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Seattle Seahawks Now the Team to Beat for New York Giants

February 6th, 2014 at 11:00 AM
By Billy Javed

With Super Bowl XLVIII now complete, the NFL and all its fans are thoroughly aware as to whom the team to beat is. Unfortunately for the New York Giants, that team is a great one that happens to reside in the NFC. In other words, the Seattle Seahawks are the new standard and appear to be the most complete team in the NFL.

If the Giants wish to get back to being the best, they will undoubtedly have to go through the Seahawks to get to the Super Bowl. There’s little doubt that general manager Jerry Reese and head coach Tom Coughlin will be considering the Seahawks when they reassemble the fractures Giants during this offseason — a team that handed the Giants their second shut out of the year.

On the defensive side of the field, the Giants should be able to compete if they can generate a pass rush. Unfortunately, against the Seahawks, that won’t be enough as Russell Wilson has shown an uncanny ability to not only escape from pressure with great speed, but also the intellect to keep his head up and either find the open receiver or an open lane to run through. Such a combo makes the Seahawks a nightmare to stop on third downs.

Acquiring an additional cornerback to compliment Prince Amukamara could make life a little easier, but the Giants still need help in one other area to shut down Wilson and that is at the linebacker position. Adding another speedy and aggressive linebacker either via free agency or the draft could help as well in terms of shadowing and blitzing Wilson. In terms of Marshawn Lynch, despite living up to his nickname, he is a beast that can be tamed and the Giants have a stout enough defensive line to do so. However, the potential departure of Linval Joseph could drastically hinder the defensive line’s production. On the defensive side of the field, look for the Giants to try to address their needs at linebacker and cornerback.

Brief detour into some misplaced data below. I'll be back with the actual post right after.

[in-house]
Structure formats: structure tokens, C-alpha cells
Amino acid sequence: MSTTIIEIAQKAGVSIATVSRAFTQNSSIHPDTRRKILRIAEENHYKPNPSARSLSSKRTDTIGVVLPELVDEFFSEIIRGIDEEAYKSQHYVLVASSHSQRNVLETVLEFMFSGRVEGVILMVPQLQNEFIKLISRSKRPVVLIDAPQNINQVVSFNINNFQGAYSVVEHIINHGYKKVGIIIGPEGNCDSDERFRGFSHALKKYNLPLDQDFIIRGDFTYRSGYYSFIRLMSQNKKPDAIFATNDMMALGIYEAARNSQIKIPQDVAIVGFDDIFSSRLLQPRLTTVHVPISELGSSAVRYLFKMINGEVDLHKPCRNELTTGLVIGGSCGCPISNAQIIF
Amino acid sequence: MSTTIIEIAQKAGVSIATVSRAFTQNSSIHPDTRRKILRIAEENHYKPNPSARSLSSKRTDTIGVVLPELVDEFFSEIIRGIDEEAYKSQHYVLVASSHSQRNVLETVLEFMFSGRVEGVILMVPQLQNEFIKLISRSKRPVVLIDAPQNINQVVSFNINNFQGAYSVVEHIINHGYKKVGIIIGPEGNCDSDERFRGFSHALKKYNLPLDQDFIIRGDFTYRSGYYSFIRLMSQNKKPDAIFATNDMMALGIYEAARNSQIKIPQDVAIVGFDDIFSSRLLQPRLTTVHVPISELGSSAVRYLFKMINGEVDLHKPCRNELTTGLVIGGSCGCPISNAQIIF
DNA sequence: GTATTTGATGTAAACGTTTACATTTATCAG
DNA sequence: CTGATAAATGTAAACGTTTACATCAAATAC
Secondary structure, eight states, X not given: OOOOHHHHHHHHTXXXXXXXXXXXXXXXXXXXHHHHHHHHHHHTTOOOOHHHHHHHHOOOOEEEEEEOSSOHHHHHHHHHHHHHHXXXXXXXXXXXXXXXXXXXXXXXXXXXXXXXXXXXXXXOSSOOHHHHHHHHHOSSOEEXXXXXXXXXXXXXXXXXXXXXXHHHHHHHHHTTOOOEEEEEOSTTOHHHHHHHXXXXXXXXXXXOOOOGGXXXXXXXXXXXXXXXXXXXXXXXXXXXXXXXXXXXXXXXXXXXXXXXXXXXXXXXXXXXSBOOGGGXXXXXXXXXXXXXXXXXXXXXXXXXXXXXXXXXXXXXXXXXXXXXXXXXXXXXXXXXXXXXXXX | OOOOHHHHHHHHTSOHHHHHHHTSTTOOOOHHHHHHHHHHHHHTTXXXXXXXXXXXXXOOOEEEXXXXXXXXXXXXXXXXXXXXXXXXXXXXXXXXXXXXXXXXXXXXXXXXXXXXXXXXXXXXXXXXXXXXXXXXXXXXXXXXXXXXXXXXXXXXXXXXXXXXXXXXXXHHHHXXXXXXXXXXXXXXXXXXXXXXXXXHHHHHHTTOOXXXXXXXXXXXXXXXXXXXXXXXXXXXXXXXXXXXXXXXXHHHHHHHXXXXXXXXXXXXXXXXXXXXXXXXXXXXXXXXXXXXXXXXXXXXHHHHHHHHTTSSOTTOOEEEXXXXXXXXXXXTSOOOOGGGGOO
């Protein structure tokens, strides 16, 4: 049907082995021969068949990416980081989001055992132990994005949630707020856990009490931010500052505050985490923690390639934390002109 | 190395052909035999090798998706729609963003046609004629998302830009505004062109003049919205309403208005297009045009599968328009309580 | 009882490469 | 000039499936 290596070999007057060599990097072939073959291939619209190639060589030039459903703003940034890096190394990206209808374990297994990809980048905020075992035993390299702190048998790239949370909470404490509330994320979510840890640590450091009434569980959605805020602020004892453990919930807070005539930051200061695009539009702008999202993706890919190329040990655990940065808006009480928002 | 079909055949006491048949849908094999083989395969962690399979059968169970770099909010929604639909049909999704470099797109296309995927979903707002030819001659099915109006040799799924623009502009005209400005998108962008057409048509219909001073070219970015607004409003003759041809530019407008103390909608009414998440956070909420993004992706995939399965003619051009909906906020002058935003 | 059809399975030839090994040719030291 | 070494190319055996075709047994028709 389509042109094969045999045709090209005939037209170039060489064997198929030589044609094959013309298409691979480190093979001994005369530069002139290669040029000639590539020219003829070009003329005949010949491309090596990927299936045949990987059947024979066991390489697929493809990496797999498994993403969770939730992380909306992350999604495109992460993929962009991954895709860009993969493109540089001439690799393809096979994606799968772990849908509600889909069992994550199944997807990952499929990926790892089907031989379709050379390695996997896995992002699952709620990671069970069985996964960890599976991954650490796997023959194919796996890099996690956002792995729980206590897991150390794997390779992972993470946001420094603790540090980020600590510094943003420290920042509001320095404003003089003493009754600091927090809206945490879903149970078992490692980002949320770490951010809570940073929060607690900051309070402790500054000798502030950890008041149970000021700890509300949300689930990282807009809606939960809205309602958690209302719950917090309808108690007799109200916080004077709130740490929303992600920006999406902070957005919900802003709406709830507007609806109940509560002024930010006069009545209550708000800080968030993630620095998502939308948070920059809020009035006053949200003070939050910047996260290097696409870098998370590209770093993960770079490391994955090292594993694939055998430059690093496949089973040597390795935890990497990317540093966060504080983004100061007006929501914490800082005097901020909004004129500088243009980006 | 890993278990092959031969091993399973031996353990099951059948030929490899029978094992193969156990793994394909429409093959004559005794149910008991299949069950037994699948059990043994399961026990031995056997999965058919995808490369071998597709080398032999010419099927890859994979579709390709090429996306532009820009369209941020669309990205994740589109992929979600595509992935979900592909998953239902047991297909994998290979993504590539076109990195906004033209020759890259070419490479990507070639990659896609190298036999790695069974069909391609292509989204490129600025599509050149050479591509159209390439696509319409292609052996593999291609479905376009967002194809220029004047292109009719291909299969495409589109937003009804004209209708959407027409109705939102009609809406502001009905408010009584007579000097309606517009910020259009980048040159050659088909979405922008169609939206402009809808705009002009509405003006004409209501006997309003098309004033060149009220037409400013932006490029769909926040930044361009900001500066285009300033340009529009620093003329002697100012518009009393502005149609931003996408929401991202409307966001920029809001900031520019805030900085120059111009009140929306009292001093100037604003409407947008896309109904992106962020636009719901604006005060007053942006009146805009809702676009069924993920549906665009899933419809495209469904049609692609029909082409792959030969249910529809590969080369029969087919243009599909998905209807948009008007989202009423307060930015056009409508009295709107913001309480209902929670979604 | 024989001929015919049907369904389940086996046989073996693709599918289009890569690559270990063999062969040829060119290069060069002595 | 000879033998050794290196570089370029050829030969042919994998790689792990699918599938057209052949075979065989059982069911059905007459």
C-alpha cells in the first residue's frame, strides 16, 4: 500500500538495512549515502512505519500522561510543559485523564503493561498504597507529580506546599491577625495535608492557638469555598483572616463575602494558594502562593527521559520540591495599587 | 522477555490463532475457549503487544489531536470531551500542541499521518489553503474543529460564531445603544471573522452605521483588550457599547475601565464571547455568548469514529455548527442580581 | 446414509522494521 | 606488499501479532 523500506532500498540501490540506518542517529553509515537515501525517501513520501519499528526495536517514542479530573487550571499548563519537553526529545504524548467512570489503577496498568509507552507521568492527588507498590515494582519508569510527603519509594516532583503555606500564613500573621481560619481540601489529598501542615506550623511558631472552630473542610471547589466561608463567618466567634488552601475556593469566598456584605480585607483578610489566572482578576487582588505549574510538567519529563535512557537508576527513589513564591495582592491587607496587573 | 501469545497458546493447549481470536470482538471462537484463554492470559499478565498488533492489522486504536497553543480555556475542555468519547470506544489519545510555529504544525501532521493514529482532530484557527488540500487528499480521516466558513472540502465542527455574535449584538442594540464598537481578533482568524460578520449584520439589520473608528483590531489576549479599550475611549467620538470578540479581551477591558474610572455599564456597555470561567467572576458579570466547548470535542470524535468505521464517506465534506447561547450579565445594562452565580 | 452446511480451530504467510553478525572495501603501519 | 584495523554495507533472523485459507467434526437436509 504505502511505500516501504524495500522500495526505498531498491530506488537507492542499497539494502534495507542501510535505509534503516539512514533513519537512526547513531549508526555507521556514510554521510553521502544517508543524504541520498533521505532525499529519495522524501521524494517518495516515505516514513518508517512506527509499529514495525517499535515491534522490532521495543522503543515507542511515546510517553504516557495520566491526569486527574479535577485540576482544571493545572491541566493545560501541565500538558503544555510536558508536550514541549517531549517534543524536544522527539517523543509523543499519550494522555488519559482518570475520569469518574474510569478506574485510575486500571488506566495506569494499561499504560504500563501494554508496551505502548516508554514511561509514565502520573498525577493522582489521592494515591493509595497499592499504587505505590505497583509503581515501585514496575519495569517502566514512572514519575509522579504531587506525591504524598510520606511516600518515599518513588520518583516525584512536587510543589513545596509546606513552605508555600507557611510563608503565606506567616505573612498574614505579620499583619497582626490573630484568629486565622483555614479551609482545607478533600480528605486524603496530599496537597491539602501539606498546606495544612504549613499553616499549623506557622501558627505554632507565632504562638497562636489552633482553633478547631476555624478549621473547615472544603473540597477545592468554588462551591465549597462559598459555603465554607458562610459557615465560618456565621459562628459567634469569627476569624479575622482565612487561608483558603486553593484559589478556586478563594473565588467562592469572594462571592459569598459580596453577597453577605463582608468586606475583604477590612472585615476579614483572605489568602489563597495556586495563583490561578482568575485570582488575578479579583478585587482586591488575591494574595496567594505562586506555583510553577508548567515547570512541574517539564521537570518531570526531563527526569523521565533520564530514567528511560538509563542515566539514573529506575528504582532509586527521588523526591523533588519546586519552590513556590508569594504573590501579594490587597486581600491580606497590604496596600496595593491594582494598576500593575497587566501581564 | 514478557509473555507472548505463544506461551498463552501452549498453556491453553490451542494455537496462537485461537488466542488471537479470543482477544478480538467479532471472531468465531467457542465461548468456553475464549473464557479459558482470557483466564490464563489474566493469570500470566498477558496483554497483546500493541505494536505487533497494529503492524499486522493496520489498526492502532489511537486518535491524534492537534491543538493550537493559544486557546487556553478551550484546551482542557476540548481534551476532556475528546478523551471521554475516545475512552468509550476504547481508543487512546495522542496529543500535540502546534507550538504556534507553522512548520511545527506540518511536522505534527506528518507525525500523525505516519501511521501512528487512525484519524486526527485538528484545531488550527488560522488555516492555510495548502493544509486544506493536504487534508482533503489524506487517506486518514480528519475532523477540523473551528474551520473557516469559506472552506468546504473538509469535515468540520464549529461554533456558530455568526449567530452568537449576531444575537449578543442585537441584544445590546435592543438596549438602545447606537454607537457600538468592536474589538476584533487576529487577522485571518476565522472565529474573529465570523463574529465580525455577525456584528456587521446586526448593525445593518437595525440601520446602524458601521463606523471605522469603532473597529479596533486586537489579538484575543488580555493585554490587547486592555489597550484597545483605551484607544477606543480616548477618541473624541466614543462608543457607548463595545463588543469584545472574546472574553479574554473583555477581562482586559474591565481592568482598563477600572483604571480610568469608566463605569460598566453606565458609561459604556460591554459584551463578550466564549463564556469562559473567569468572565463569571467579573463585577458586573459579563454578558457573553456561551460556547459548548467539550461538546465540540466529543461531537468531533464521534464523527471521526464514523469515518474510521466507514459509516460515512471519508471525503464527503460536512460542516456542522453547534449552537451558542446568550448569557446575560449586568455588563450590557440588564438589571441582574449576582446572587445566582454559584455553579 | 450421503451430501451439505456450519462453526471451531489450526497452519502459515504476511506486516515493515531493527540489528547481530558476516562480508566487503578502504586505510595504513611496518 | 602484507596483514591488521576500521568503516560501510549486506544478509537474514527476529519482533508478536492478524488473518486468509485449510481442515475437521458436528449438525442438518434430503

On the offensive side of the ball, the most glaring weakness is the offensive line. Without proper protection, quarterback Eli Manning will have many more games like his meeting with the Seahawks earlier this season where he turned the football over four times. Better production from the offensive line also can help prolong drives and keep the defense rested.

However, much like on defensive, the Giants have further holes to address. To keep the Seahawks offense on the sidelines the Giants will need to be able to run the football. A healthy David Wilson and Andre Brown conglomerated with a productive offensive line could be good enough, but there is no guarantee that either can stay healthy enough to shoulder the load. Another running back may be in the plans for the Giants as rookies like Eddie Lacy and LeVeon Bell have shown that rookie running backs can come in and contribute immediately at a high level.

The Giants' receiving corps is skilled enough to compete with the Seattle secondary, but that is assuming Hakim Nicks stays. Even if he does, a big tight end target over the middle of the field could be exactly what the Giants need to create mismatches similar to those Vernon Davis posed against the Seahawks. If Nicks leaves, wide receiver becomes an immediate need despite the emerging Rueben Randle. Unfortunately, none of these skill positions will matter if the Giants cannot protect Manning, after such a horrendous season the Giants will surely address their needs in the trenches as that is where Super Bowl’s are won.

Don’t be surprised if Jerry Reese has one of his stronger drafts either. Seahawks general manager, John Schneider, who was seen shirtless, sporting a WWE Championship belt after the Super Bowl is also the standard for general managers. Schneider and head coach Pete Carroll were able were able to find contributors and super stars beyond the first and second rounds of their drafts. Something the Giants have struggled with since selecting the likes of Ahmad Bradshaw and Kevin Boss.

Regardless of what the Giants do, they most likely will consider resolving their own weaknesses first. Matching up with the Seahawks may be an after thought, but considering that they are the reigning NFC and Super Bowl Champions, in addition to the fact that they shut out the Giants in the regular season, the Giants certainly will be looking forward to another matchup with the Seahawks.

Photo credit: Dave Sizer / Foter / CC BY

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Tags: David Wilson, Eddie Lacy, Eli Manning, Football, Jerry Reese, Linval Joseph, New York, New York Giants, NFL, Pete Carroll, Prince Amukamara, Rueben Randle, Seattle, Seattle Seahawks, Tom Coughlin